An Active Opportunity
Small-cap stocks are in a less efficient part of the market than large caps, providing opportunities for active management and offering historically attractive investment returns. This can be seen in number of ways, including analyst coverage, long-term total returns, the potential for alpha generation by active managers and the results generated by factor-based investment strategies.
Consider that the average number of analysts covering large-cap stocks is more than twice the number covering small caps and approximately ten times the number covering micro-caps.3 Reduced coverage increases the opportunity to find diamonds in the rough. Data back to 1926 support the long-standing belief that small-cap companies offer better growth opportunities than larger companies, as seen in Exhibit 2 (download the full PDF for exhibits).
The relative inefficiency of the small-cap market is often considered beneficial, as compared to the highly-efficient large-cap market.
The performance of factor-based investment strategies presents further opportunities due to the relative inefficiency of the small-cap market versus large caps. Strategies that invest in stocks exhibiting characteristics such as value or momentum have often demonstrated greater success as market caps get smaller.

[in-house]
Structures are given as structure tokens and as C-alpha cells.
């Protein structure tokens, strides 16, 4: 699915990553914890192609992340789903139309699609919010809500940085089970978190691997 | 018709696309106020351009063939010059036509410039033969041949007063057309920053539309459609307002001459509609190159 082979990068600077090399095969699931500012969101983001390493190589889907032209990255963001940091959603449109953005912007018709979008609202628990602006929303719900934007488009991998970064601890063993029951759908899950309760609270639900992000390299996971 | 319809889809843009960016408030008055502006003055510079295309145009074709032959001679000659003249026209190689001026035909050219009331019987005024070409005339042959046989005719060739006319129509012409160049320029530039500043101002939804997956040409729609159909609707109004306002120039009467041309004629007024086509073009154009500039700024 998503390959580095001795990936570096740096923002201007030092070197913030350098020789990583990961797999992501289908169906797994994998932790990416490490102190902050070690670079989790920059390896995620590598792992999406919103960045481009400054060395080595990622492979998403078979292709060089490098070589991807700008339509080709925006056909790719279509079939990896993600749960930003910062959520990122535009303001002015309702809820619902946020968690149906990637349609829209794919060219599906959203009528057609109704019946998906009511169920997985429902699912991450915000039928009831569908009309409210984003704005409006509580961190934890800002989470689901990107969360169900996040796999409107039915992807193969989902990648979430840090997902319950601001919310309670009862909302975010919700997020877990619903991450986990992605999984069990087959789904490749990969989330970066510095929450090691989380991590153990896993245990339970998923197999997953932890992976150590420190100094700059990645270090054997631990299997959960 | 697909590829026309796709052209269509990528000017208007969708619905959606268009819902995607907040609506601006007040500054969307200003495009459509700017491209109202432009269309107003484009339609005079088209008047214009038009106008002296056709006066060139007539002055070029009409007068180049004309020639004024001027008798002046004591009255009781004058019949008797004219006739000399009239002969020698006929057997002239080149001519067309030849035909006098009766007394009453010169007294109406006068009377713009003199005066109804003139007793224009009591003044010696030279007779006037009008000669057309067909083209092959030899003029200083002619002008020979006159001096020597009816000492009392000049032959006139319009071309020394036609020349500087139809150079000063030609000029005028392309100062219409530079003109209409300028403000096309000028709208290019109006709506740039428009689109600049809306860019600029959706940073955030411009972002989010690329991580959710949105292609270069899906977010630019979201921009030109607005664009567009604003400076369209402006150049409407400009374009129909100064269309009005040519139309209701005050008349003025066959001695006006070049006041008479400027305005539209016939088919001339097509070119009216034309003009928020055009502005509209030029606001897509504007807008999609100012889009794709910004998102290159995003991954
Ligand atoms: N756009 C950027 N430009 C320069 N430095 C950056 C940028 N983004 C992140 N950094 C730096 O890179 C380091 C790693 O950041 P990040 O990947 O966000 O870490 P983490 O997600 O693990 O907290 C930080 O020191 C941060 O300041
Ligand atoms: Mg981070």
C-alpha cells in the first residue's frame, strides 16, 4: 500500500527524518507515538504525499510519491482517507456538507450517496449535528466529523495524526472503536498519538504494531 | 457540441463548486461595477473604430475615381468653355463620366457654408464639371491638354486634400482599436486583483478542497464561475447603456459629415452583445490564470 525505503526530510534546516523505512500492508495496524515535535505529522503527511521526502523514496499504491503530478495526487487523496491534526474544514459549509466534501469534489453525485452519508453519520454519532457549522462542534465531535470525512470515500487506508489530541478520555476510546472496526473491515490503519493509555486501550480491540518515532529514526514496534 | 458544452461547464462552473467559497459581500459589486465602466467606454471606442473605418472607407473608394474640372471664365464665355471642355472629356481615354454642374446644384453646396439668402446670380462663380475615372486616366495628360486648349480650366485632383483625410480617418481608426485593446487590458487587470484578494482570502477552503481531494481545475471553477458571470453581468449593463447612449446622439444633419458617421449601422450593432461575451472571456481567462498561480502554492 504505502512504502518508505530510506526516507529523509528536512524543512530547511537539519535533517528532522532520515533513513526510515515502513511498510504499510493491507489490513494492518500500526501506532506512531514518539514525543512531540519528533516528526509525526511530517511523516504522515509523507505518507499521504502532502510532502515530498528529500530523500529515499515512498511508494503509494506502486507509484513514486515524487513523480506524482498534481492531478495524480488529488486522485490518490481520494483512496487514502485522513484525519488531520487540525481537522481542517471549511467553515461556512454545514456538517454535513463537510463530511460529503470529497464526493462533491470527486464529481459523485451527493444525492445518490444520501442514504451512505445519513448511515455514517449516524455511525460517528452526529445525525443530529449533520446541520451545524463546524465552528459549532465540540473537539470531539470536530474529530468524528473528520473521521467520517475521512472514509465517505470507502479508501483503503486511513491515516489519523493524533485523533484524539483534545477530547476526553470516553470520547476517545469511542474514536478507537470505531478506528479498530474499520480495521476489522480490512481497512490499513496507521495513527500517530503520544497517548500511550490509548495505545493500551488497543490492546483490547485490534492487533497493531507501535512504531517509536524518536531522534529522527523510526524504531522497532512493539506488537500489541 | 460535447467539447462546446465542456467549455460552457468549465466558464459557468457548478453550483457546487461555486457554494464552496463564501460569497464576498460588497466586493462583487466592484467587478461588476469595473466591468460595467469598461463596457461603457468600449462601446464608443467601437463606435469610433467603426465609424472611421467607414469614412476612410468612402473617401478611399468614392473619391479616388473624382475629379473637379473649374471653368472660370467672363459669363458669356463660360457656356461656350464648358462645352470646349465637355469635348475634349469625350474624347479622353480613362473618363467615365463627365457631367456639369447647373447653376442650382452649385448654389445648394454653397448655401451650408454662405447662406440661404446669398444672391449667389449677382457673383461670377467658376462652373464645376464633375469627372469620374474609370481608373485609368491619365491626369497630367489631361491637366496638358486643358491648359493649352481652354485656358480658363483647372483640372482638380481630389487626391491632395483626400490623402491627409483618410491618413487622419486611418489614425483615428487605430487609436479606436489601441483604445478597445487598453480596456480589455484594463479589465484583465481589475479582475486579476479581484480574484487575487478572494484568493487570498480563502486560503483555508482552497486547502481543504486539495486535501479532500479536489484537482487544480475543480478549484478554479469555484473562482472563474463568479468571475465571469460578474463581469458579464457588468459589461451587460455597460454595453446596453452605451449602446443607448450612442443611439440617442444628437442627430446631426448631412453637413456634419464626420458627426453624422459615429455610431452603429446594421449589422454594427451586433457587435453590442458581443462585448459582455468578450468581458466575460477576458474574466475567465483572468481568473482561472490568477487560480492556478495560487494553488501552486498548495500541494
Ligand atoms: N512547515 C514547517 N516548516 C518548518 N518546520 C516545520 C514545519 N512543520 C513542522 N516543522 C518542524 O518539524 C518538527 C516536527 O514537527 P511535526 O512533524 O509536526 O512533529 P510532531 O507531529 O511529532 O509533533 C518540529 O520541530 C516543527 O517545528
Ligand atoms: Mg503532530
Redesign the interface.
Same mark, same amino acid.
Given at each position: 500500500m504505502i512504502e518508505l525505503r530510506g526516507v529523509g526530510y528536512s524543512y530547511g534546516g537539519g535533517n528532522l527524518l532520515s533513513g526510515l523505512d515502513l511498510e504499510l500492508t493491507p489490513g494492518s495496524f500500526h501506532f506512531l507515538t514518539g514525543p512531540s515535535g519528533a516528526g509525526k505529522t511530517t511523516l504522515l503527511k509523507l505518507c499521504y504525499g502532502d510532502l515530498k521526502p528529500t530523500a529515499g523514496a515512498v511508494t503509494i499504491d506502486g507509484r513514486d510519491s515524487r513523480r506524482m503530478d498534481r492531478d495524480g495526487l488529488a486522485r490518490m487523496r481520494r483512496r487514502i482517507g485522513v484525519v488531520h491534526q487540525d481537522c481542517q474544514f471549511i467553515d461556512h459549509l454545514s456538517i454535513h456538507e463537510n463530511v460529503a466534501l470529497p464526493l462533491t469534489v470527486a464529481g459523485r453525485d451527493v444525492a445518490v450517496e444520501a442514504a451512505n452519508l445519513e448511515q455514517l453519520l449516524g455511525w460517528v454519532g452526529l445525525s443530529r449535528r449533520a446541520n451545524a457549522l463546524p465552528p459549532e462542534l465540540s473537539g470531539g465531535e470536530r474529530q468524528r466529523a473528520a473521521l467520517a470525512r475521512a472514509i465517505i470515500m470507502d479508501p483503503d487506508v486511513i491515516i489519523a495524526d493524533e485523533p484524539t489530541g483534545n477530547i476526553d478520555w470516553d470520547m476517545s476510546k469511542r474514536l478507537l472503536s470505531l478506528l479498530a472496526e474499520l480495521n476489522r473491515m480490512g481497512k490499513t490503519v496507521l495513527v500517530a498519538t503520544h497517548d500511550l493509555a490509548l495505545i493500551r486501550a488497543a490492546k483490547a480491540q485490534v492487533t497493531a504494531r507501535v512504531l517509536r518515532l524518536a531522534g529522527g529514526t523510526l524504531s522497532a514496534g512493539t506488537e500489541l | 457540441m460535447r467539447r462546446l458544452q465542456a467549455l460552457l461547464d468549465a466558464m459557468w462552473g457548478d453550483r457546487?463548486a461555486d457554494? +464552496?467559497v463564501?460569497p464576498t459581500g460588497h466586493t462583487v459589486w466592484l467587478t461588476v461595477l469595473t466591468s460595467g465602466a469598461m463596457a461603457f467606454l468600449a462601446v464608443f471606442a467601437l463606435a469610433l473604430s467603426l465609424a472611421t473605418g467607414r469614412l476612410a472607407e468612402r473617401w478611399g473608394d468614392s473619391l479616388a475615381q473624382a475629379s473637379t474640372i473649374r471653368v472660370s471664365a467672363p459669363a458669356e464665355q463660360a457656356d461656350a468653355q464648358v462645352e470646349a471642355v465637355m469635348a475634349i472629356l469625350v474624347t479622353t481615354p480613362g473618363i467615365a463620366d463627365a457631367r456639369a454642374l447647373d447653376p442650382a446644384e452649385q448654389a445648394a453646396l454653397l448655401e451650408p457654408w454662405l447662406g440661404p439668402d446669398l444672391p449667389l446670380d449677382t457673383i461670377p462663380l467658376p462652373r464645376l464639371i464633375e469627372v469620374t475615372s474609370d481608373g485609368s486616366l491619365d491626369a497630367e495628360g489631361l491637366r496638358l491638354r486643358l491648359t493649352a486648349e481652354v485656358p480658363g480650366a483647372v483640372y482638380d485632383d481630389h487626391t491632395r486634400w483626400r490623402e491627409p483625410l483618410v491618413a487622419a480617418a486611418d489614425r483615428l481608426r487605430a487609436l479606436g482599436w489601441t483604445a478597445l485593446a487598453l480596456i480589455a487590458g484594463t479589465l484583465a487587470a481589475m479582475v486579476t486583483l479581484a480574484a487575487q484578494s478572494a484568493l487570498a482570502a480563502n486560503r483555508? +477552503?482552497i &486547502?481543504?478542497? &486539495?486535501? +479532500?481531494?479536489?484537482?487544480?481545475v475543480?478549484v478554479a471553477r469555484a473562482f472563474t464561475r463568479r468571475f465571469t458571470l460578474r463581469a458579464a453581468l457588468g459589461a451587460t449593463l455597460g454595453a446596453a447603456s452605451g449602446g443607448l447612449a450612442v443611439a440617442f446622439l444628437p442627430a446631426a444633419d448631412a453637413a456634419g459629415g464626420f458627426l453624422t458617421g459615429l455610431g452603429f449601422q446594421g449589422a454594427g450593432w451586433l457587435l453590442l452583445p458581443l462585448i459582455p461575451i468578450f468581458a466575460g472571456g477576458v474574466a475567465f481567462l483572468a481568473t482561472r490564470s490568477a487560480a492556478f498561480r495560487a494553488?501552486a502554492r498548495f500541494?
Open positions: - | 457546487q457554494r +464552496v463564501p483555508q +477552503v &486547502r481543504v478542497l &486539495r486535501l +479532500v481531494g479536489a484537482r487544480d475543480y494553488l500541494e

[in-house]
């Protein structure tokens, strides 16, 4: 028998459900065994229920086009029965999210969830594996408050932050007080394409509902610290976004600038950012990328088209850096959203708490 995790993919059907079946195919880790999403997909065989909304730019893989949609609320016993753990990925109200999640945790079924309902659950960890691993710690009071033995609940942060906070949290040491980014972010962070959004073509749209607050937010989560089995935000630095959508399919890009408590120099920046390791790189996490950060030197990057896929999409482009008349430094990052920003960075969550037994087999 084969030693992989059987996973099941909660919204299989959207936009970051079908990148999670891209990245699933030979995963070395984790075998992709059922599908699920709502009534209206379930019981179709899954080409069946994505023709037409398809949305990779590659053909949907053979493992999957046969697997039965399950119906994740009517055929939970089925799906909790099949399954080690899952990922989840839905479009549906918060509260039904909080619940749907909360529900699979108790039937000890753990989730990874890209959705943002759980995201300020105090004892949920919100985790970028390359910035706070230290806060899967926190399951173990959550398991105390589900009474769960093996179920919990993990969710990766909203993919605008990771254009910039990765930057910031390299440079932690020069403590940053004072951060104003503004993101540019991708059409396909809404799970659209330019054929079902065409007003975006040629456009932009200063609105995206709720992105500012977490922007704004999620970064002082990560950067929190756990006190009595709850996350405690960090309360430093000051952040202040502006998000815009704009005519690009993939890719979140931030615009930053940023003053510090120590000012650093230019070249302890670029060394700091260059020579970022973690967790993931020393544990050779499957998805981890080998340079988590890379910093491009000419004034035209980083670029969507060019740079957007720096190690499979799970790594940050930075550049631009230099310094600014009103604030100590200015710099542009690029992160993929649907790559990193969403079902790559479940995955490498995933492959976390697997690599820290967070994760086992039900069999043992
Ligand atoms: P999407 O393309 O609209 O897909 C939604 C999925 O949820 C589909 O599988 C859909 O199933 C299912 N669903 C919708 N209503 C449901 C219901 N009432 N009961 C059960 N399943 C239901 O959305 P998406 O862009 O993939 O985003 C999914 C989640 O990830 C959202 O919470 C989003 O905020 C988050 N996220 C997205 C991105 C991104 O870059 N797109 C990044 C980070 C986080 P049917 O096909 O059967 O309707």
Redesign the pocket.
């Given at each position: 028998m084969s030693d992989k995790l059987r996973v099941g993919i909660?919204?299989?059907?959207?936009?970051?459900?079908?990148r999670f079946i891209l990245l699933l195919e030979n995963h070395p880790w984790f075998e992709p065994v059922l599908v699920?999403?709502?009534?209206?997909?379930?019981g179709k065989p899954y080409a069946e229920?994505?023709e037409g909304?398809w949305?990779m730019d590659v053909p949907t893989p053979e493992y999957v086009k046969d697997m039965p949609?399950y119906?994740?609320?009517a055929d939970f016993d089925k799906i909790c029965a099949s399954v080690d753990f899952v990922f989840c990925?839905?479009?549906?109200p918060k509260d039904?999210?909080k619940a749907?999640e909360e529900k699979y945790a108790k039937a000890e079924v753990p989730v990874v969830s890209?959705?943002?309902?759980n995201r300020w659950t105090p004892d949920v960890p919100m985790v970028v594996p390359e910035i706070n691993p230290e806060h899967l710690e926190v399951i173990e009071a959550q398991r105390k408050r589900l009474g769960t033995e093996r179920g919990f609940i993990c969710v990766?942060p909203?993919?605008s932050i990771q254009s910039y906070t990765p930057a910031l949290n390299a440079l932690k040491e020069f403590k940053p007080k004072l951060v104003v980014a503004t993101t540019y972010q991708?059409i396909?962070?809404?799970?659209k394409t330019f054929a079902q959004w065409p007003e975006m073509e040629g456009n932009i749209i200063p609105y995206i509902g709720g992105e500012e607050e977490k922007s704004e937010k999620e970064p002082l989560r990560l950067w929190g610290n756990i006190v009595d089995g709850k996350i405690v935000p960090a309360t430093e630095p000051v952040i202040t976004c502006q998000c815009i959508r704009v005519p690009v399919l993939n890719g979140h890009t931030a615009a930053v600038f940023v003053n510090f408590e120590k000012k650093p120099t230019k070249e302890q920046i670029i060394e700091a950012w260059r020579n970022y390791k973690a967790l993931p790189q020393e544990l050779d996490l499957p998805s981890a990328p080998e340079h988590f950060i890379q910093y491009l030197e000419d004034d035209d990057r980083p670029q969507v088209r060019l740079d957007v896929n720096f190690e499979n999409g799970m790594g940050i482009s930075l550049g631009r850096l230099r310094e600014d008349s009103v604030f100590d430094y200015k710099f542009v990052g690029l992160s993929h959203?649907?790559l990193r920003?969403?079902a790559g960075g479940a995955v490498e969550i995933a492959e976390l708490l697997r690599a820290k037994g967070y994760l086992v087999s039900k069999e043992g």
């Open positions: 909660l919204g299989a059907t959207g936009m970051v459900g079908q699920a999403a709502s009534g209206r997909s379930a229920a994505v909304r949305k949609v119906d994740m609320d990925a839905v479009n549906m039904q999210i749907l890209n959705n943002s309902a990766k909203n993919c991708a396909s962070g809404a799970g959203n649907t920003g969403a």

This leads to research-based conclusions about valuations, resulting in conscious views about which companies to hold or not hold at any time and giving active management the opportunity to shine. Many active investment managers take a disciplined approach to the security-selection process, analyzing each company’s fundamentals, which can have a wide range in quality and potential performance-changing catalysts.
Everything in its Own Time
Small-cap stocks tend to be sensitive to the success or decline in a local economy. We saw this in March, as small caps underperformed large caps amid the accelerating selloff. This was unsurprising, given small-cap stocks’ historical tendency to lag during market selloffs. However, small caps also have historically led other market segments during a longer-term recovery.
Small Today, Big Tomorrow?